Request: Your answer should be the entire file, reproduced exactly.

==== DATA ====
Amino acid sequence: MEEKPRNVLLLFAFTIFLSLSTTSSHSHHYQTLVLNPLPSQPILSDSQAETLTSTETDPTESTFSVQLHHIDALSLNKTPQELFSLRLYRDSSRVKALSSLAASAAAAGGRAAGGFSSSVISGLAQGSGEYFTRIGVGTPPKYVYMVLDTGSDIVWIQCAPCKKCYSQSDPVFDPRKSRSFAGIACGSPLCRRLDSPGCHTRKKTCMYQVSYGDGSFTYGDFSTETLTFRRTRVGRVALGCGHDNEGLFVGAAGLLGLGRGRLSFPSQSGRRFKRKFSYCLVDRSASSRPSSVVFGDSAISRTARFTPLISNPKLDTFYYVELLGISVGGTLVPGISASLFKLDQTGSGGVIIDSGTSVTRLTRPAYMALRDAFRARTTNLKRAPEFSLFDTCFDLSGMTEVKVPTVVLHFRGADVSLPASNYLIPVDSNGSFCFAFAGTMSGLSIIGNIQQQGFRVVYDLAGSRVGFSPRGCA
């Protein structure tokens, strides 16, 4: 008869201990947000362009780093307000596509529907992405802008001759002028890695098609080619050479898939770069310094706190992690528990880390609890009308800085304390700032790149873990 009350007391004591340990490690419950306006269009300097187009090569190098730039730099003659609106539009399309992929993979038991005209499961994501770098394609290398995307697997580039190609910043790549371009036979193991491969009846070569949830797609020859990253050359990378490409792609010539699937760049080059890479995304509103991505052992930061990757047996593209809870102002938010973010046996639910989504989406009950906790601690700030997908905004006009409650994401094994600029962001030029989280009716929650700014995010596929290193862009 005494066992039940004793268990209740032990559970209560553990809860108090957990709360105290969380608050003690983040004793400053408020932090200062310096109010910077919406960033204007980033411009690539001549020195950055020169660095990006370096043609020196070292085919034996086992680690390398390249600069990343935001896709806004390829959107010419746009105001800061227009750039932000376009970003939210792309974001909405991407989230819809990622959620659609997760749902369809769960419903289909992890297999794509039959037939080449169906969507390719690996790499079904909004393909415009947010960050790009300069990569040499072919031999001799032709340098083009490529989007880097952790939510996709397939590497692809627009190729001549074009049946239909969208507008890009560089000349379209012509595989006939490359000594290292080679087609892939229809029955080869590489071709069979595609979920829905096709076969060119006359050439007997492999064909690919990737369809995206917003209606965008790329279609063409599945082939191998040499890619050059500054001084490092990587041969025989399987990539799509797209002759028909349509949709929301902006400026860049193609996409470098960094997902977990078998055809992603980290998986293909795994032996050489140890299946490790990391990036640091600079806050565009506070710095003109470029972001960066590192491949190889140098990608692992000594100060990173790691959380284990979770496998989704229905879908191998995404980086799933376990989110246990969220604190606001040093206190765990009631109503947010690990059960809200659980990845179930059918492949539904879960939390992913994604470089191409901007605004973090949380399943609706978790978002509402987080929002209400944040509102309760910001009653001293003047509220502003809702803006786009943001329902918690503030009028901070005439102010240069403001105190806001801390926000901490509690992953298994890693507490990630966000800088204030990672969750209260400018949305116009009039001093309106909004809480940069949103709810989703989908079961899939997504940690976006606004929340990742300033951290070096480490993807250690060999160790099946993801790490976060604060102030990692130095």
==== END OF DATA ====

Amino acid sequence: MEEKPRNVLLLFAFTIFLSLSTTSSHSHHYQTLVLNPLPSQPILSDSQAETLTSTETDPTESTFSVQLHHIDALSLNKTPQELFSLRLYRDSSRVKALSSLAASAAAAGGRAAGGFSSSVISGLAQGSGEYFTRIGVGTPPKYVYMVLDTGSDIVWIQCAPCKKCYSQSDPVFDPRKSRSFAGIACGSPLCRRLDSPGCHTRKKTCMYQVSYGDGSFTYGDFSTETLTFRRTRVGRVALGCGHDNEGLFVGAAGLLGLGRGRLSFPSQSGRRFKRKFSYCLVDRSASSRPSSVVFGDSAISRTARFTPLISNPKLDTFYYVELLGISVGGTLVPGISASLFKLDQTGSGGVIIDSGTSVTRLTRPAYMALRDAFRARTTNLKRAPEFSLFDTCFDLSGMTEVKVPTVVLHFRGADVSLPASNYLIPVDSNGSFCFAFAGTMSGLSIIGNIQQQGFRVVYDLAGSRVGFSPRGCA
């Protein structure tokens, strides 16, 4: 008869201990947000362009780093307000596509529907992405802008001759002028890695098609080619050479898939770069310094706190992690528990880390609890009308800085304390700032790149873990 009350007391004591340990490690419950306006269009300097187009090569190098730039730099003659609106539009399309992929993979038991005209499961994501770098394609290398995307697997580039190609910043790549371009036979193991491969009846070569949830797609020859990253050359990378490409792609010539699937760049080059890479995304509103991505052992930061990757047996593209809870102002938010973010046996639910989504989406009950906790601690700030997908905004006009409650994401094994600029962001030029989280009716929650700014995010596929290193862009 005494066992039940004793268990209740032990559970209560553990809860108090957990709360105290969380608050003690983040004793400053408020932090200062310096109010910077919406960033204007980033411009690539001549020195950055020169660095990006370096043609020196070292085919034996086992680690390398390249600069990343935001896709806004390829959107010419746009105001800061227009750039932000376009970003939210792309974001909405991407989230819809990622959620659609997760749902369809769960419903289909992890297999794509039959037939080449169906969507390719690996790499079904909004393909415009947010960050790009300069990569040499072919031999001799032709340098083009490529989007880097952790939510996709397939590497692809627009190729001549074009049946239909969208507008890009560089000349379209012509595989006939490359000594290292080679087609892939229809029955080869590489071709069979595609979920829905096709076969060119006359050439007997492999064909690919990737369809995206917003209606965008790329279609063409599945082939191998040499890619050059500054001084490092990587041969025989399987990539799509797209002759028909349509949709929301902006400026860049193609996409470098960094997902977990078998055809992603980290998986293909795994032996050489140890299946490790990391990036640091600079806050565009506070710095003109470029972001960066590192491949190889140098990608692992000594100060990173790691959380284990979770496998989704229905879908191998995404980086799933376990989110246990969220604190606001040093206190765990009631109503947010690990059960809200659980990845179930059918492949539904879960939390992913994604470089191409901007605004973090949380399943609706978790978002509402987080929002209400944040509102309760910001009653001293003047509220502003809702803006786009943001329902918690503030009028901070005439102010240069403001105190806001801390926000901490509690992953298994890693507490990630966000800088204030990672969750209260400018949305116009009039001093309106909004809480940069949103709810989703989908079961899939997504940690976006606004929340990742300033951290070096480490993807250690060999160790099946993801790490976060604060102030990692130095």